Both clauses are closely related. One addresses the concept of eating in an apartment while the other lists specific foods consumed in this space. In this particular sentence, my primary purpose is to list the specific dietary choices made in apartment-living. Although there are methods to specify these food choices without me, adding my punctuation talents throws in some punctuation pizzazz.

I can also be used in an appositive sentence like this one: There is one food I refuse to eat: olives.

In this circumstance, I am an indicator of what food the writer is referencing. Once again, you could write a sentence about your least favorite foods and avoid using me altogether, but you would lose the dramatic effect that I provide. I serve as a suspenseful pause that instills tension within all readers before dropping the name of the food that is your biggest nemesis: olives (dun dun dun dun). In this way, I enhance sentences, making them belong on a Broadway stage and exciting college professors lucky enough to read your skilled prose.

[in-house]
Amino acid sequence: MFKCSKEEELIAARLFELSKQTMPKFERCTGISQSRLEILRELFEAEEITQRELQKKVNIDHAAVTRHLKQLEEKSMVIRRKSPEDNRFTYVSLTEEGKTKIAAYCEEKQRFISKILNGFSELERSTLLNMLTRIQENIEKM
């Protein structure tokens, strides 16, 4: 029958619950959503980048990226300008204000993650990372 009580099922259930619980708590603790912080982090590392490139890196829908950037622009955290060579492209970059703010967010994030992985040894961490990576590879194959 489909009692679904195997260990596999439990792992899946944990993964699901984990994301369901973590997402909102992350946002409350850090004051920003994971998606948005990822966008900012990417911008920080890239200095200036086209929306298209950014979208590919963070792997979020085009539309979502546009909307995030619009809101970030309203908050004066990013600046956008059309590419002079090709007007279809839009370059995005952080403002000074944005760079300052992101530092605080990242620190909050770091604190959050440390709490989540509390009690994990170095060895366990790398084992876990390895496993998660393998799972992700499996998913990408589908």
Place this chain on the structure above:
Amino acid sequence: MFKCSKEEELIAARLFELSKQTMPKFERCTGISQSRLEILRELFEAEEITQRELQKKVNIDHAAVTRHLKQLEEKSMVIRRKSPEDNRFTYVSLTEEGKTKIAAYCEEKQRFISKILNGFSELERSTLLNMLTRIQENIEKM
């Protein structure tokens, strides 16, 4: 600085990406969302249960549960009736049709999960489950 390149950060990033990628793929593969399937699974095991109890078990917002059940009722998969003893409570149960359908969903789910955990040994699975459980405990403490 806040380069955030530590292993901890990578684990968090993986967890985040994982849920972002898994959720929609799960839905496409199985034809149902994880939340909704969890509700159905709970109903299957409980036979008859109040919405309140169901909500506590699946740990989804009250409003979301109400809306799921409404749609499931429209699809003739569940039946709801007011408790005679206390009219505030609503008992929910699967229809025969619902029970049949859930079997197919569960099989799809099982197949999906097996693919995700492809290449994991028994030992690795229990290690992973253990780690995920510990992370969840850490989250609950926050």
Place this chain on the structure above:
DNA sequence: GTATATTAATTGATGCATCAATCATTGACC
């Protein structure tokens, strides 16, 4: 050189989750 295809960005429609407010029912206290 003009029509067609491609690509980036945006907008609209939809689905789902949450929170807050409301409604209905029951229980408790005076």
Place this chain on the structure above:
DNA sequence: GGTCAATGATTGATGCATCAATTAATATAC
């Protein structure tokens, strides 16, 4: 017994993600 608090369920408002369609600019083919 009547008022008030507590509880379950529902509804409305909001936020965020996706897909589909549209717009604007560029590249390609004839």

Additionally, I can amplify or interpret clauses in order to draw out more meaning from them. For instance, desserts can add to a healthy diet: fresh fruits, yogurt, and nuts have nutritional qualities. This sentence needs interpretation; otherwise, readers would get an entirely false idea. Without the second clause added after me, people might think that any dessert can add to a healthy diet. They might even begin eating heavy portions of cake, pie, and other unhealthy desserts thinking that they are partaking in a beneficial diet. By utilizing me, I interpret this clause to mean a specific food that some might not even consider to be a dessert at all.